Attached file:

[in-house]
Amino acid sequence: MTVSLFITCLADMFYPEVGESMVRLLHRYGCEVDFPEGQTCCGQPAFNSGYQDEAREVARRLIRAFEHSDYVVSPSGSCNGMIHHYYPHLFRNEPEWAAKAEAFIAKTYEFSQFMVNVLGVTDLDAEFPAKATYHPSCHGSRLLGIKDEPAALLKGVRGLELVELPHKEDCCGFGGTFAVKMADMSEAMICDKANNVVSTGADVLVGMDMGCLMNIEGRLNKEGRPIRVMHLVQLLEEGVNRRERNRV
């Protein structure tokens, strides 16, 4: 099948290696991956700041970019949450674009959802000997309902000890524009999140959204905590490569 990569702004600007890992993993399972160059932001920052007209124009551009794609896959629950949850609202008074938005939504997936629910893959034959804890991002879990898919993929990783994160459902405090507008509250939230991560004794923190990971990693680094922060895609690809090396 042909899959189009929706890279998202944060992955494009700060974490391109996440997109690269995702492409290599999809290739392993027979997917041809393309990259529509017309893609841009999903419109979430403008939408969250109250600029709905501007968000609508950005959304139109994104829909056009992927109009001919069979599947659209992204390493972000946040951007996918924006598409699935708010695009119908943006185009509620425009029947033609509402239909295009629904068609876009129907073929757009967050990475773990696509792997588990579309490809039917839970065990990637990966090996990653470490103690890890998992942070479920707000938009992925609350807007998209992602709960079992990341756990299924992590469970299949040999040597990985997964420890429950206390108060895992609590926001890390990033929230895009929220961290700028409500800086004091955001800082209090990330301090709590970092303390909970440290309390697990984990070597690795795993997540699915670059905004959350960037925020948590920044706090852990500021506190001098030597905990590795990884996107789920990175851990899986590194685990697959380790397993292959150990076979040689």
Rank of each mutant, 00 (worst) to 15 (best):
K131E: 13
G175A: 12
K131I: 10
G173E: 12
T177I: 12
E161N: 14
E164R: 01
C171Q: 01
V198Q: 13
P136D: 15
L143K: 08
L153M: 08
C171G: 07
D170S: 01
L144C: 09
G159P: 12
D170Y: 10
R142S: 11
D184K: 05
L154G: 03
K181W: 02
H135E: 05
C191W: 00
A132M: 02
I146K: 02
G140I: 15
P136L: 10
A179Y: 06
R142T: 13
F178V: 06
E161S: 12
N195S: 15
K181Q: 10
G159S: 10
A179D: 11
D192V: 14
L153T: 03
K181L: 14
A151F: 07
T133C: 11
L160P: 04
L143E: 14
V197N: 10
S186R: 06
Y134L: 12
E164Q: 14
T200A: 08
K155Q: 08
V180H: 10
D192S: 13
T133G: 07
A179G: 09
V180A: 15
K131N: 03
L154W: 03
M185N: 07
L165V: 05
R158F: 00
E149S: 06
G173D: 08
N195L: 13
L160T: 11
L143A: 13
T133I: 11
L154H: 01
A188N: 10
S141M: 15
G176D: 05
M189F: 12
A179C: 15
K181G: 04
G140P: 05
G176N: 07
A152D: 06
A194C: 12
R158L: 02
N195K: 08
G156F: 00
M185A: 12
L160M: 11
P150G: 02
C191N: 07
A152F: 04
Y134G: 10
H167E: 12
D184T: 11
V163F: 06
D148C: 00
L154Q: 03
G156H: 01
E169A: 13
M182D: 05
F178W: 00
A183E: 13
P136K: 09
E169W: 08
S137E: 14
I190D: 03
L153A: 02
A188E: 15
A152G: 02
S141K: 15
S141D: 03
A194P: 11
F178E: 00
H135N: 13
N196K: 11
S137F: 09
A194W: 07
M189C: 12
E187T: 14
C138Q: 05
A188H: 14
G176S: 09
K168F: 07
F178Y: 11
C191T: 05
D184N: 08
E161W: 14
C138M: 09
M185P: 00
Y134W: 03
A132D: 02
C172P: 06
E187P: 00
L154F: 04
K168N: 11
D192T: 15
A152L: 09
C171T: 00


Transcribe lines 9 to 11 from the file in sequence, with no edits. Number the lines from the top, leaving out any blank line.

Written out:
T177I: 12
E161N: 14
E164R: 01